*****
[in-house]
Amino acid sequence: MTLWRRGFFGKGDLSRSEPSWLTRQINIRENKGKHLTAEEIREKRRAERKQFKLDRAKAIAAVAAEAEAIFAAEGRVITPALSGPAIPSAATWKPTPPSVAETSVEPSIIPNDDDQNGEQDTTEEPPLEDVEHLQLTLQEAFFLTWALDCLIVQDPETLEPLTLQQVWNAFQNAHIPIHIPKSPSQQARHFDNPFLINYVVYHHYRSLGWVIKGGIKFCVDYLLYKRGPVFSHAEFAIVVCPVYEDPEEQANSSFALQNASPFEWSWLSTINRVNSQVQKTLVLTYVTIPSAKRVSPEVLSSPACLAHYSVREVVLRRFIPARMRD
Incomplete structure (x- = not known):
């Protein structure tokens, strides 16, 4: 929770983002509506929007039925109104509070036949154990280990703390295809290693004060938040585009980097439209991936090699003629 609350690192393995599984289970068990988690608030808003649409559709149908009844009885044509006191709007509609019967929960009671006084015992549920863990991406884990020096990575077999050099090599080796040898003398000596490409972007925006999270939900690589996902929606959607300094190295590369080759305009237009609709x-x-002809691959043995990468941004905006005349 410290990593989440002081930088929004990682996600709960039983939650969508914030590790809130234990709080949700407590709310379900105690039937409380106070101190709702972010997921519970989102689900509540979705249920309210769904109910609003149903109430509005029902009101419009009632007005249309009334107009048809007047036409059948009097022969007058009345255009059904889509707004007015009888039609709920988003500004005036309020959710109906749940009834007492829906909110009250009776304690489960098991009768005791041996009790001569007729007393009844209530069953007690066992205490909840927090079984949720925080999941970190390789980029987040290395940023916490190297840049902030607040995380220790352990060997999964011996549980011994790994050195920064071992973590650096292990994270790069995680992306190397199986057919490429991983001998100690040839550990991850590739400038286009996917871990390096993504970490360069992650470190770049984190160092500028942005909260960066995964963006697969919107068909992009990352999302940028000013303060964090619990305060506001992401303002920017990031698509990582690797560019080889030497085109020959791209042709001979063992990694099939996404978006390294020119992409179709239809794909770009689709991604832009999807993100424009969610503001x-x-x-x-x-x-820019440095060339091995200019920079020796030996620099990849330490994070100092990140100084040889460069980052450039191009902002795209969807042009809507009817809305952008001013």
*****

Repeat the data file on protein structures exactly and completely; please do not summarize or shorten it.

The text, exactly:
[in-house]
Amino acid sequence: MTLWRRGFFGKGDLSRSEPSWLTRQINIRENKGKHLTAEEIREKRRAERKQFKLDRAKAIAAVAAEAEAIFAAEGRVITPALSGPAIPSAATWKPTPPSVAETSVEPSIIPNDDDQNGEQDTTEEPPLEDVEHLQLTLQEAFFLTWALDCLIVQDPETLEPLTLQQVWNAFQNAHIPIHIPKSPSQQARHFDNPFLINYVVYHHYRSLGWVIKGGIKFCVDYLLYKRGPVFSHAEFAIVVCPVYEDPEEQANSSFALQNASPFEWSWLSTINRVNSQVQKTLVLTYVTIPSAKRVSPEVLSSPACLAHYSVREVVLRRFIPARMRD
Incomplete structure (x- = not known):
């Protein structure tokens, strides 16, 4: 929770983002509506929007039925109104509070036949154990280990703390295809290693004060938040585009980097439209991936090699003629 609350690192393995599984289970068990988690608030808003649409559709149908009844009885044509006191709007509609019967929960009671006084015992549920863990991406884990020096990575077999050099090599080796040898003398000596490409972007925006999270939900690589996902929606959607300094190295590369080759305009237009609709x-x-002809691959043995990468941004905006005349 410290990593989440002081930088929004990682996600709960039983939650969508914030590790809130234990709080949700407590709310379900105690039937409380106070101190709702972010997921519970989102689900509540979705249920309210769904109910609003149903109430509005029902009101419009009632007005249309009334107009048809007047036409059948009097022969007058009345255009059904889509707004007015009888039609709920988003500004005036309020959710109906749940009834007492829906909110009250009776304690489960098991009768005791041996009790001569007729007393009844209530069953007690066992205490909840927090079984949720925080999941970190390789980029987040290395940023916490190297840049902030607040995380220790352990060997999964011996549980011994790994050195920064071992973590650096292990994270790069995680992306190397199986057919490429991983001998100690040839550990991850590739400038286009996917871990390096993504970490360069992650470190770049984190160092500028942005909260960066995964963006697969919107068909992009990352999302940028000013303060964090619990305060506001992401303002920017990031698509990582690797560019080889030497085109020959791209042709001979063992990694099939996404978006390294020119992409179709239809794909770009689709991604832009999807993100424009969610503001x-x-x-x-x-x-820019440095060339091995200019920079020796030996620099990849330490994070100092990140100084040889460069980052450039191009902002795209969807042009809507009817809305952008001013």